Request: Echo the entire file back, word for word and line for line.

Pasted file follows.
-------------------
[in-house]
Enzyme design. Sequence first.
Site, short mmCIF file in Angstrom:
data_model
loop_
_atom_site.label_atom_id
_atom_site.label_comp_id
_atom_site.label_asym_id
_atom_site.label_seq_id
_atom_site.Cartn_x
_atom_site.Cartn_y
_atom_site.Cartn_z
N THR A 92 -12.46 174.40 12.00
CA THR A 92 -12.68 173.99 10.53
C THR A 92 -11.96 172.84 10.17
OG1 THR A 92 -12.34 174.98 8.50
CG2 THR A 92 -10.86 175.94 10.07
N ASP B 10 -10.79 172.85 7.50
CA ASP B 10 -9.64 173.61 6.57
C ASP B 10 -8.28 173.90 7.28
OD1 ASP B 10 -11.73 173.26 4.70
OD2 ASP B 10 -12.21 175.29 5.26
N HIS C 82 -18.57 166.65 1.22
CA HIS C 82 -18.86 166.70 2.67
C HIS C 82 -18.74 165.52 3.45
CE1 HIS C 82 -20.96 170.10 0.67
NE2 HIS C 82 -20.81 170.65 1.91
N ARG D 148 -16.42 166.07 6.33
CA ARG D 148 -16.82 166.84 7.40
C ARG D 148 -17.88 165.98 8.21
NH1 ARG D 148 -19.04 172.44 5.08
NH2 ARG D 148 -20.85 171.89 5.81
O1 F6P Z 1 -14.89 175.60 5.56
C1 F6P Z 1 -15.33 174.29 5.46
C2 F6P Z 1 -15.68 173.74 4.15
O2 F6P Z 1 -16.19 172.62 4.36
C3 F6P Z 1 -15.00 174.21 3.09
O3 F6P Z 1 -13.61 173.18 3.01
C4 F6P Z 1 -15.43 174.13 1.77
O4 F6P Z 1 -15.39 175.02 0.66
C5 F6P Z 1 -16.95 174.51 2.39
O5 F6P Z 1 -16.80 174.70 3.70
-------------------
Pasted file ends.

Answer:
[in-house]
Enzyme design. Sequence first.
Site, short mmCIF file in Angstrom:
data_model
loop_
_atom_site.label_atom_id
_atom_site.label_comp_id
_atom_site.label_asym_id
_atom_site.label_seq_id
_atom_site.Cartn_x
_atom_site.Cartn_y
_atom_site.Cartn_z
N THR A 92 -12.46 174.40 12.00
CA THR A 92 -12.68 173.99 10.53
C THR A 92 -11.96 172.84 10.17
OG1 THR A 92 -12.34 174.98 8.50
CG2 THR A 92 -10.86 175.94 10.07
N ASP B 10 -10.79 172.85 7.50
CA ASP B 10 -9.64 173.61 6.57
C ASP B 10 -8.28 173.90 7.28
OD1 ASP B 10 -11.73 173.26 4.70
OD2 ASP B 10 -12.21 175.29 5.26
N HIS C 82 -18.57 166.65 1.22
CA HIS C 82 -18.86 166.70 2.67
C HIS C 82 -18.74 165.52 3.45
CE1 HIS C 82 -20.96 170.10 0.67
NE2 HIS C 82 -20.81 170.65 1.91
N ARG D 148 -16.42 166.07 6.33
CA ARG D 148 -16.82 166.84 7.40
C ARG D 148 -17.88 165.98 8.21
NH1 ARG D 148 -19.04 172.44 5.08
NH2 ARG D 148 -20.85 171.89 5.81
O1 F6P Z 1 -14.89 175.60 5.56
C1 F6P Z 1 -15.33 174.29 5.46
C2 F6P Z 1 -15.68 173.74 4.15
O2 F6P Z 1 -16.19 172.62 4.36
C3 F6P Z 1 -15.00 174.21 3.09
O3 F6P Z 1 -13.61 173.18 3.01
C4 F6P Z 1 -15.43 174.13 1.77
O4 F6P Z 1 -15.39 175.02 0.66
C5 F6P Z 1 -16.95 174.51 2.39
O5 F6P Z 1 -16.80 174.70 3.70